A pivotal week for climate action next year and beyond07 Dec 2020
The UK’s 2030 ambition set out by the Prime Minister is among the most ambitious in the world and we’re excited about working alongside government and other stakeholders to deliver it.
As we approach the year of COP26, the country must show the world how bold and decisive policy making can unlock the kind of investment needed to deliver on our net zero ambitions, tackle climate change and help spur a green recovery from the coronavirus crisis.
The 2030 announcement comes ahead of what is set to be a very busy few weeks on the climate action front.
The Climate Change Committee (CCC) will publish its advice for the 6th Carbon Budget covering 2033-37, after it advised the UK on the 2030 target. Its independent analysis makes Government and businesses sit up and take note and it will be of real interest to all those involved in tackling the climate emergency. Later in the week it is hoped the EU can agree to an increased 2030 emissions reduction target of 55% at the European Council Summit. And there is the possibility of agreed arrangements for energy in a possible Brexit settlement.
Domestically, we hope to also see progress this week. Ofgem will likely set out its final decision in the price control for electricity transmission operators. This settlement is important as the electricity motorways will be the backbone of net zero. Without urgent investment, the huge increase in renewables, cleaner heat and transport that is needed to deliver decarbonisation just won’t be possible – so the question of whether the regulator will match the Government and electricity operators’ ambitions is critical. Whilst targets and ambitions are important, tests such as ambition in regulatory price controls are what will underpin their actual achievement.
At SSE, we’re leading development of £12bn worth of low-carbon projects, including building the world’s largest offshore wind farm at Dogger Bank, Scotland’s largest offshore wind farm at Seagreen, and one of Europe’s most productive onshore wind farms at Viking, as evidence of our commitment to providing the low-carbon assets and infrastructure needed to set this country on the path to net zero. And these investments are a win-win, tackling climate change while spurring the economic recovery from coronavirus – these projects alone have created over 1,000 skilled, green jobs in industrial regions.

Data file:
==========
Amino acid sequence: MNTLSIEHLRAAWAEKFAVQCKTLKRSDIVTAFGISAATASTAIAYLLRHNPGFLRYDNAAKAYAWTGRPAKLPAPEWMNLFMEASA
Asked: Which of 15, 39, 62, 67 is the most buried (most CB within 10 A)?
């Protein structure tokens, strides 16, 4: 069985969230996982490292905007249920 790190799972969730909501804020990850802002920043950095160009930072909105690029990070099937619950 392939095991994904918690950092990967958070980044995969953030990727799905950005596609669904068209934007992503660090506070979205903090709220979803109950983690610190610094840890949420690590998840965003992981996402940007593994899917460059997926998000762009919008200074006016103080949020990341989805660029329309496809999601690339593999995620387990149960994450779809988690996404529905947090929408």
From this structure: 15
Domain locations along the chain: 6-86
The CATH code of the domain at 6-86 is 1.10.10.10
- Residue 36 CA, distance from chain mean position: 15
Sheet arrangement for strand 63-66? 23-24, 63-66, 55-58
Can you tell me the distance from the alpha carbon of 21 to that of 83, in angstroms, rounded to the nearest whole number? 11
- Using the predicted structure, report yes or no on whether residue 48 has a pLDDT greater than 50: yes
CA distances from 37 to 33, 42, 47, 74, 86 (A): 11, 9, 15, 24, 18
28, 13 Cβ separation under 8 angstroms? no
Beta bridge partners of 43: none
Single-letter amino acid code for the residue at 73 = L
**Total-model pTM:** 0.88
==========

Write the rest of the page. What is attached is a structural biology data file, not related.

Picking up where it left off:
Strong leadership from governments can set the course by providing a clear, long-term signal for businesses like SSE to get on and deliver. The PM’s Ten-Point Plan sets a very encouraging framework for further action through the coming decade.
But there is more we can do. From pioneering Carbon Capture and Storage (CCS) technology to upgrading the electricity networks to accommodate the coming surge in renewables, electric vehicles and heat pumps. And it needs detailed policy alongside powerful ambition. I do hope the forthcoming Energy White Paper expected before Christmas will build on the targets announced so far.
COP 26 in November in Glasgow will be particularly important domestically for building our own supply chain opportunities and internationally, in terms of signalling our ambitions and showing the world what can be achieved.
Before that on Saturday the UK, France and the UN, in partnership with Chile and Italy, will host a Climate Action Summit, where updated 2030 targets are due to be brought forward under the Paris Agreement.
This is an important milestone ahead of Glasgow and a chance for leaders to outline their own, more ambitious country carbon reduction plans (Nationally Determined Contributions, or “NDCs”), long-term strategies and climate finance commitments.
2020 has presented unique challenges for us all. However, I hope that we are about to turn a corner on climate change, sharpening our focus and delivering real progress in the UK and further afield – through the coming weeks, 2021, COP26 and beyond.